The American Coalition for Clean Coal Electricty (ACCCE) has led efforts to perpetuate the myth that coal can be clean. Now it turns out they are responsible for forging opposition to a strong climate bill.
According to E&E News, the American Coalition for Clean Coal Electricity (ACCCE) is the culprit responsible for hiring Bonner & Associates, the DC-based firm busted late last week for forging letters – ostensibly from NAACP and a Virgina network of Hispanic groups – opposing the US House climate bill (ACES.)
According to E&E’s story today,
“The group American Coalition for Clean Coal Electricity acknowledged this afternoon that it had contracted Bonner & Associates earlier to perform “limited outreach,” but the advocacy group denounced the firm’s actions.”
This makes our discovery that ACCCE changed their lobby disclosure report for the 2nd quarter of this year even more interesting. As I mentioned in that post, ACCCE initially reported a whopping $11,317,625 for lobbying on climate issues in the US House and Senate (Original PDF here); then four days later ACCCE submitted a revised report, showing just $544,853 in lobbying expenses (Amended PDF here.)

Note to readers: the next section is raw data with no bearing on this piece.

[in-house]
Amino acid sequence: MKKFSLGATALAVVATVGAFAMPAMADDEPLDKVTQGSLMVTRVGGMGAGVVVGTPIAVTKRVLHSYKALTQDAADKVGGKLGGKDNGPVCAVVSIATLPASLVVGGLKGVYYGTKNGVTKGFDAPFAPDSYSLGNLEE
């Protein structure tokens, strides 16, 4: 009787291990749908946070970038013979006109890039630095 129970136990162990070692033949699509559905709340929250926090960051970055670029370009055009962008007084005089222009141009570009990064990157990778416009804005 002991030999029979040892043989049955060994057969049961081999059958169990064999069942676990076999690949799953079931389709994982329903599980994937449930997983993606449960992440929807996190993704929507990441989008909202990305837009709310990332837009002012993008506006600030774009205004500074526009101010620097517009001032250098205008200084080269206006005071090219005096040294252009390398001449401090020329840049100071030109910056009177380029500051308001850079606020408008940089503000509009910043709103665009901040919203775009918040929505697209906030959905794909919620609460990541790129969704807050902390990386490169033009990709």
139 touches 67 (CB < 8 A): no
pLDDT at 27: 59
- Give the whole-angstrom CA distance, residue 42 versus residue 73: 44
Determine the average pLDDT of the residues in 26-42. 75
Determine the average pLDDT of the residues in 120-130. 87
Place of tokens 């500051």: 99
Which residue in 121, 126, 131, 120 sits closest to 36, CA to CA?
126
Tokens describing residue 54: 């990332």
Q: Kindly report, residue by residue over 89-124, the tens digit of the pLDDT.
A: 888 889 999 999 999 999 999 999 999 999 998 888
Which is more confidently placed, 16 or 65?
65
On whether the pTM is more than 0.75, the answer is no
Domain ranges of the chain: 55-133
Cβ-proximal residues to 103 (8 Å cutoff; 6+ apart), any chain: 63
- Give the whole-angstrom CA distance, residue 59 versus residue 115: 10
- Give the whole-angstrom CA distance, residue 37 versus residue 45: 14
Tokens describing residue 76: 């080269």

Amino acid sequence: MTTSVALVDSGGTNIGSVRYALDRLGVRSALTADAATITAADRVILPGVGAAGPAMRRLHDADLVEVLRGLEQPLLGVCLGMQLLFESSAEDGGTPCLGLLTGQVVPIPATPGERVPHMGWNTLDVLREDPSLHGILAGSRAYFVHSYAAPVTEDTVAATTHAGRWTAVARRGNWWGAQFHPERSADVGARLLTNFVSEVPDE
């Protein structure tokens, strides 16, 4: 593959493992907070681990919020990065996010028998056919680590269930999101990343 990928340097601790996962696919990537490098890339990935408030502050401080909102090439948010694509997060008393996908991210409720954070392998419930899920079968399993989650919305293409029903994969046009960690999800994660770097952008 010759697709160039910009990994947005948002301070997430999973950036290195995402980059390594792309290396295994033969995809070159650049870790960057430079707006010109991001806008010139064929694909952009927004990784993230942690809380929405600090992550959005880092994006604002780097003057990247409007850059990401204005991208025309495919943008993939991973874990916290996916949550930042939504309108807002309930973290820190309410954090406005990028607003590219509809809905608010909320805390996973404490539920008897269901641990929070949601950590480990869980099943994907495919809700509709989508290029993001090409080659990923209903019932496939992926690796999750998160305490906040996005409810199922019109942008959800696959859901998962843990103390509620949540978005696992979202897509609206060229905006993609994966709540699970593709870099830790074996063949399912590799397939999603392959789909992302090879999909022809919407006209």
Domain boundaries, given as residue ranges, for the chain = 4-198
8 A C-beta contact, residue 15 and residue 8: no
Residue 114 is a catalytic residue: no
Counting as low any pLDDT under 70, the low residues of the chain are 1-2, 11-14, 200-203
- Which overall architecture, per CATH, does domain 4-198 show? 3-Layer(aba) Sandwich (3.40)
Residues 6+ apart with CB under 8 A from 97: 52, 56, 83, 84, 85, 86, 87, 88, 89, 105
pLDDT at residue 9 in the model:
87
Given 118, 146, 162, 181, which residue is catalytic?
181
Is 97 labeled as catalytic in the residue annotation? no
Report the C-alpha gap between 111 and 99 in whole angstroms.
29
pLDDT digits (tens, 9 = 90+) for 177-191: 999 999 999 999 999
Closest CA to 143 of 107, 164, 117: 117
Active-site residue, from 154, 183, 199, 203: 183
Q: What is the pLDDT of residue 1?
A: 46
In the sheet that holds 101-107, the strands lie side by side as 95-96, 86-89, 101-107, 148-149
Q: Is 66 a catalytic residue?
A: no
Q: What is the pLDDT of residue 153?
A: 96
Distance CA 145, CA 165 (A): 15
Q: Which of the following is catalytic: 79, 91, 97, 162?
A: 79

That’s over $10.5 million that ACCCE suddenly realized it didn’t want to report as direct lobbying. At first, we figured that must have been tv advertising. But now we have to wonder – maybe that money has something to do with Bonner and Associates?
And that raises a second question. It doesn’t seem likely that Bonner’s firm would have generated fake opposition in just one Congressional district. So who else got fake letters?
House Energy and Environment Subcommittee Chair Edward Markey announced his committee would investigate the matter late last week, and the Sierra Club and MoveOn teamed up to call for a Justice Department investigation.
But if ACCCE wants to come clean, it doesn’t need to wait for Congress or the Department of Justice. ACCCE should disclose what other members of Congress it asked Bonner to focus on, and how much it paid the firm for its dirty work.
A version of this post originally appeared at NRDC’s Switchboard.